David Deida and the three knights of Iron John

When we set out on the path of growth, it is helpful to have a map of the inner realms we are about to explore. By now there are many to choose from: Maslow’s hierarchy of needs, Spiral Dynamics, AMP’s five stages, David Deida’s three stages, KWML archetypes; the list is long and rich. Some of these, e.g. Spiral Dynamics and Maslow’s hierarchy of needs, refer to vertical evolution, which means that they describe a sort of ladder whereby moving one rung up results in a higher capacity for truth and love. Other systems, such as KWML, describe horizontal integration, which means that they point to a greater degree of wholeness and stability on your present stage of evolution. Both are important and focusing too much on vertical growth without concern for horizontal integration can create dangerous imbalances in the individual.

Iron John by Robert Bly reveals a very interesting kind of evolutionary model, firmly grounded in the mythopoetic. The young boy in the brothers Grimm tale that Bly dissects in his seminal prose encounters a mysterious and powerful wild man, who takes him from his safe abode in his parents’ castle and into the woods where he is exposed to some deep truths about his true nature. He must eventually leave the wild man and find work in a castle in another kingdom. The lands of his new kingdom one day come under attack by invading forces and the boy returns to Iron John to request help. He grants the boy a war horse and an army of trained infantry and the boy rides out to the battlefield and vanquishes the enemy.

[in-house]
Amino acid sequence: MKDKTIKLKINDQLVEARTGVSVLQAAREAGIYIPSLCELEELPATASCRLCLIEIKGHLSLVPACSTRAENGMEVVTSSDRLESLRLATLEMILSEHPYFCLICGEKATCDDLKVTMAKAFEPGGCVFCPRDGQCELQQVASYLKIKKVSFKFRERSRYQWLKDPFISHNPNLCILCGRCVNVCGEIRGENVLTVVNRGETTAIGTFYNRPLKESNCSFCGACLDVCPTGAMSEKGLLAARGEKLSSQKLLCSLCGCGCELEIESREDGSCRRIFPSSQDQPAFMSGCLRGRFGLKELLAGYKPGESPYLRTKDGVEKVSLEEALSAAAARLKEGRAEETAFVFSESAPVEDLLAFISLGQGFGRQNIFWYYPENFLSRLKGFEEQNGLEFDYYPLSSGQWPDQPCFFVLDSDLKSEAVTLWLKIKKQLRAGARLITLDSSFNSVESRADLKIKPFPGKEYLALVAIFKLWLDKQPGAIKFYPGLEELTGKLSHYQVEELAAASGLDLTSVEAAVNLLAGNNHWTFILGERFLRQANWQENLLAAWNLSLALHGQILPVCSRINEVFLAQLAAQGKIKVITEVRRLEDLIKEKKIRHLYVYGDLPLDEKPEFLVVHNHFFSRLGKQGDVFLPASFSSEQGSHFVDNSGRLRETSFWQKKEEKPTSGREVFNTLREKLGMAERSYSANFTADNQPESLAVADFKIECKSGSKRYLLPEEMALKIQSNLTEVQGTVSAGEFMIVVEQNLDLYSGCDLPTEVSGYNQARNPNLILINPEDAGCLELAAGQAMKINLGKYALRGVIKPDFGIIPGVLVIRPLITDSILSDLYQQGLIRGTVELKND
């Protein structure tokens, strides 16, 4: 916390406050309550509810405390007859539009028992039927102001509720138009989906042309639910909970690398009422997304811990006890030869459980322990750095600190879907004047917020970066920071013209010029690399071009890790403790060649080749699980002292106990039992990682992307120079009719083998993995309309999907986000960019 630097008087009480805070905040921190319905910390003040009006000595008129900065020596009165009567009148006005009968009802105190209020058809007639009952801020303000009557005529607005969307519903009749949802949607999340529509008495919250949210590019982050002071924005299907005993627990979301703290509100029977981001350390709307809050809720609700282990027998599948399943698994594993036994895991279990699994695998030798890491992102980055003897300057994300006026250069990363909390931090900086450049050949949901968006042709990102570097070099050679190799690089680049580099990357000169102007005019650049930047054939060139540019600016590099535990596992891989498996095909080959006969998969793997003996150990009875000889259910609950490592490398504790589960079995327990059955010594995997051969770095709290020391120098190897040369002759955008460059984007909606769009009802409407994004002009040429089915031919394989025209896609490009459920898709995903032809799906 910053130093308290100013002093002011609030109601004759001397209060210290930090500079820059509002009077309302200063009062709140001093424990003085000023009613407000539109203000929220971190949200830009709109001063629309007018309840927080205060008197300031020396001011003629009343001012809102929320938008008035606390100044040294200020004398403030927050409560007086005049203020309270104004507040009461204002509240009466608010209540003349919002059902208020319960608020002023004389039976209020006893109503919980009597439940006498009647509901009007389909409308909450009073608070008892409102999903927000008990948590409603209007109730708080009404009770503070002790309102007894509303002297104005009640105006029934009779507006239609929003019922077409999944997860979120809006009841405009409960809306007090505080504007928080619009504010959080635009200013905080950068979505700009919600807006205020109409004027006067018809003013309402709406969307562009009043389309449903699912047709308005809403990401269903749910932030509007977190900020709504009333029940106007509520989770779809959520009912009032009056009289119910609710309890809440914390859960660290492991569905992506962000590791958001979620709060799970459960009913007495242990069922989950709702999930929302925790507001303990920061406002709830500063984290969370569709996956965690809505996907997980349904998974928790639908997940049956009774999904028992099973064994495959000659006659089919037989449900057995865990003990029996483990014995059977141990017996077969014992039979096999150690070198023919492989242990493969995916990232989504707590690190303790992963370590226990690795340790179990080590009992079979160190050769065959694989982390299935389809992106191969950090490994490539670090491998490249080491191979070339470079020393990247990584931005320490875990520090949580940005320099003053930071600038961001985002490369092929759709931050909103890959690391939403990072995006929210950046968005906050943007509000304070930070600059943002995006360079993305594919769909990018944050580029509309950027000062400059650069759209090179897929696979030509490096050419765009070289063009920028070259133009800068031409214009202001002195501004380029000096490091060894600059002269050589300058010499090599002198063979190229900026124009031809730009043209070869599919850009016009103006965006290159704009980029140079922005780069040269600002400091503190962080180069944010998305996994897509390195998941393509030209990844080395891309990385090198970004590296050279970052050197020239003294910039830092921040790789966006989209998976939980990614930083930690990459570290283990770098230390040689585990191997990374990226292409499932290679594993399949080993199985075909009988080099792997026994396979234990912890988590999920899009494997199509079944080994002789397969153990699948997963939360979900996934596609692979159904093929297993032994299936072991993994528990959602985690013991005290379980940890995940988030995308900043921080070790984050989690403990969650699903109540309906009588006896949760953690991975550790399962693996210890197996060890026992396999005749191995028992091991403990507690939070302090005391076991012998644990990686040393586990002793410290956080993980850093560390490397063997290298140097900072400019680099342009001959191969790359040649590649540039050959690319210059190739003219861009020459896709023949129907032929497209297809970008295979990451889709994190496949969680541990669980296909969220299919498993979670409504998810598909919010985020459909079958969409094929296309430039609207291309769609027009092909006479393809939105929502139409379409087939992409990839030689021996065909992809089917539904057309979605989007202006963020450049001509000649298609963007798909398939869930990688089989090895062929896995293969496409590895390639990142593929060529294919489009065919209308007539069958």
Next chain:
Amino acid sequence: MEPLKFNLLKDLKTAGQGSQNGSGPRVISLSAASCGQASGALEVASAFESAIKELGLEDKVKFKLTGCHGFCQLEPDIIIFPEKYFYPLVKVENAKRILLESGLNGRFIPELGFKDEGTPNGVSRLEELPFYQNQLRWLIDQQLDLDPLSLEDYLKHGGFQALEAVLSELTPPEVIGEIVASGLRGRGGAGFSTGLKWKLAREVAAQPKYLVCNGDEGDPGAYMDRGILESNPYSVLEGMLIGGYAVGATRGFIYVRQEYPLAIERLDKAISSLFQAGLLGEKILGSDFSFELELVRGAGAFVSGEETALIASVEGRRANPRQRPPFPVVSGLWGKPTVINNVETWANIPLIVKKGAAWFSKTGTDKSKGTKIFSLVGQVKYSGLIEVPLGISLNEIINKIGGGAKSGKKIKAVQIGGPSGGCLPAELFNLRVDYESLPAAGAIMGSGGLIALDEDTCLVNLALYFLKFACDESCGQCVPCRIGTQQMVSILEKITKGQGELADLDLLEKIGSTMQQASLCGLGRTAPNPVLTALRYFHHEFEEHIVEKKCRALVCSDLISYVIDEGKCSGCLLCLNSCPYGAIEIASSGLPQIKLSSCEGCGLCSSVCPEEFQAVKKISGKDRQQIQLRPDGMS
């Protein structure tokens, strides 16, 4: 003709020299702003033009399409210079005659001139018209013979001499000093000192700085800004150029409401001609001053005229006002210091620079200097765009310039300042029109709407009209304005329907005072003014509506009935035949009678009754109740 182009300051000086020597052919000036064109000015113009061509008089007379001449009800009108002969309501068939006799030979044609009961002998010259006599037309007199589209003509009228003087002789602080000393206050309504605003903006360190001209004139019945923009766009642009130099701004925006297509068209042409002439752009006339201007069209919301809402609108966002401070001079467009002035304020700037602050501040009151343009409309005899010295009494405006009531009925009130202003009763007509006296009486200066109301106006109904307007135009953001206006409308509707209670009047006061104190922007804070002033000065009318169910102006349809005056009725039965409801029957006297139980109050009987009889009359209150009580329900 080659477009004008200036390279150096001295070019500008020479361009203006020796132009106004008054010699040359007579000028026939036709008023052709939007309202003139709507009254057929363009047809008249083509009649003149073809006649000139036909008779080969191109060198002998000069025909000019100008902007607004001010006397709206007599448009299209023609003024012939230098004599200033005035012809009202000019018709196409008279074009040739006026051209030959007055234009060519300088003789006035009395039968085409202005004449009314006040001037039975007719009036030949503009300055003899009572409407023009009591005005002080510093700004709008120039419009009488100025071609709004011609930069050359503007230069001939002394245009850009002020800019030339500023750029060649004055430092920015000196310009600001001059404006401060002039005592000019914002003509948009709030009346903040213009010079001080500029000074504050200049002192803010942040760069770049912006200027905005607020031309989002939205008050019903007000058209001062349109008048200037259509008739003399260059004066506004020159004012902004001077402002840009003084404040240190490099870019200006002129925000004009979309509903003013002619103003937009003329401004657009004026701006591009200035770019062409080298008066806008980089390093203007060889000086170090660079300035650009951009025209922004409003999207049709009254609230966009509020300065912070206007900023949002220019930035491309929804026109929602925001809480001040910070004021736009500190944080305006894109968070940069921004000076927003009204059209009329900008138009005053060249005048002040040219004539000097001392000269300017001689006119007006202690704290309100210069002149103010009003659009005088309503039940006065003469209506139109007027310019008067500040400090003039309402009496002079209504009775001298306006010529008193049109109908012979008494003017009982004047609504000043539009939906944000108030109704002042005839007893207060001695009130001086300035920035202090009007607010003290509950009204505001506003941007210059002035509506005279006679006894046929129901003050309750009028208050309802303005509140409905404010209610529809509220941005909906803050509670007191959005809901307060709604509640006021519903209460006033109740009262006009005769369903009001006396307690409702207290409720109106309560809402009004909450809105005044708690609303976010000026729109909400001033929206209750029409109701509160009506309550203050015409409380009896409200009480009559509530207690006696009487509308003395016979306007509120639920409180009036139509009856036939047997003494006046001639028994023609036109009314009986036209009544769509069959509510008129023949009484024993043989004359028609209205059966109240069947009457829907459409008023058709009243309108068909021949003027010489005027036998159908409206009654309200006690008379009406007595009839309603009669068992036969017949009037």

The king and his daughter wonder who this mysterious knight is and arrange a Golden Apple festival for all knights of the kingdom. The boy yet again returns to Iron John and is given a red horse and a full suit of red armor. He travels to the festival, catches the princess’s apple and rides off. King and daughter arrange another festival and the boy arrives on a white horse in white armor and catches the apple yet again. This time too he rides off. He returns the third day on a black horse wearing black armor, catches the apple and is wounded by the king’s men who have been ordered to stop the knight were he to ride off yet another time.